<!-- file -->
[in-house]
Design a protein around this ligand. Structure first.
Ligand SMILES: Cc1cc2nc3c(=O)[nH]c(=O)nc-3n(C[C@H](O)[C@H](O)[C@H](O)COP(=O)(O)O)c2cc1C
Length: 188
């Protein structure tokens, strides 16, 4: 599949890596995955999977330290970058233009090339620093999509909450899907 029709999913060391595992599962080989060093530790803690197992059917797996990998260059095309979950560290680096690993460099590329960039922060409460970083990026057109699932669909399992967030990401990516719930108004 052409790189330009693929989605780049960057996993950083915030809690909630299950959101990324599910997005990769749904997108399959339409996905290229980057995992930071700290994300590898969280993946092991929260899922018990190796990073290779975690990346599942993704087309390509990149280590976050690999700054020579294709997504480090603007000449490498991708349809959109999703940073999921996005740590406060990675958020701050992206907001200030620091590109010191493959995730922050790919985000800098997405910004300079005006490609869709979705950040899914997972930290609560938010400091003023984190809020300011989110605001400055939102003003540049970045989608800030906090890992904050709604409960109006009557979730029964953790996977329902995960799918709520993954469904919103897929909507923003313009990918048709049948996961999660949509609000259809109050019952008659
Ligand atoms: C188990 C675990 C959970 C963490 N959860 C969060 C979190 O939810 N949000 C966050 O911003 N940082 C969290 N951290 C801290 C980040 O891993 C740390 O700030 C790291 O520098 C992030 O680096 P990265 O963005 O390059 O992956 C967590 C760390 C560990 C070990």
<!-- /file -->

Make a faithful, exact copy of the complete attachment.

[in-house]
Design a protein around this ligand. Structure first.
Ligand SMILES: Cc1cc2nc3c(=O)[nH]c(=O)nc-3n(C[C@H](O)[C@H](O)[C@H](O)COP(=O)(O)O)c2cc1C
Length: 188
């Protein structure tokens, strides 16, 4: 599949890596995955999977330290970058233009090339620093999509909450899907 029709999913060391595992599962080989060093530790803690197992059917797996990998260059095309979950560290680096690993460099590329960039922060409460970083990026057109699932669909399992967030990401990516719930108004 052409790189330009693929989605780049960057996993950083915030809690909630299950959101990324599910997005990769749904997108399959339409996905290229980057995992930071700290994300590898969280993946092991929260899922018990190796990073290779975690990346599942993704087309390509990149280590976050690999700054020579294709997504480090603007000449490498991708349809959109999703940073999921996005740590406060990675958020701050992206907001200030620091590109010191493959995730922050790919985000800098997405910004300079005006490609869709979705950040899914997972930290609560938010400091003023984190809020300011989110605001400055939102003003540049970045989608800030906090890992904050709604409960109006009557979730029964953790996977329902995960799918709520993954469904919103897929909507923003313009990918048709049948996961999660949509609000259809109050019952008659
Ligand atoms: C188990 C675990 C959970 C963490 N959860 C969060 C979190 O939810 N949000 C966050 O911003 N940082 C969290 N951290 C801290 C980040 O891993 C740390 O700030 C790291 O520098 C992030 O680096 P990265 O963005 O390059 O992956 C967590 C760390 C560990 C070990």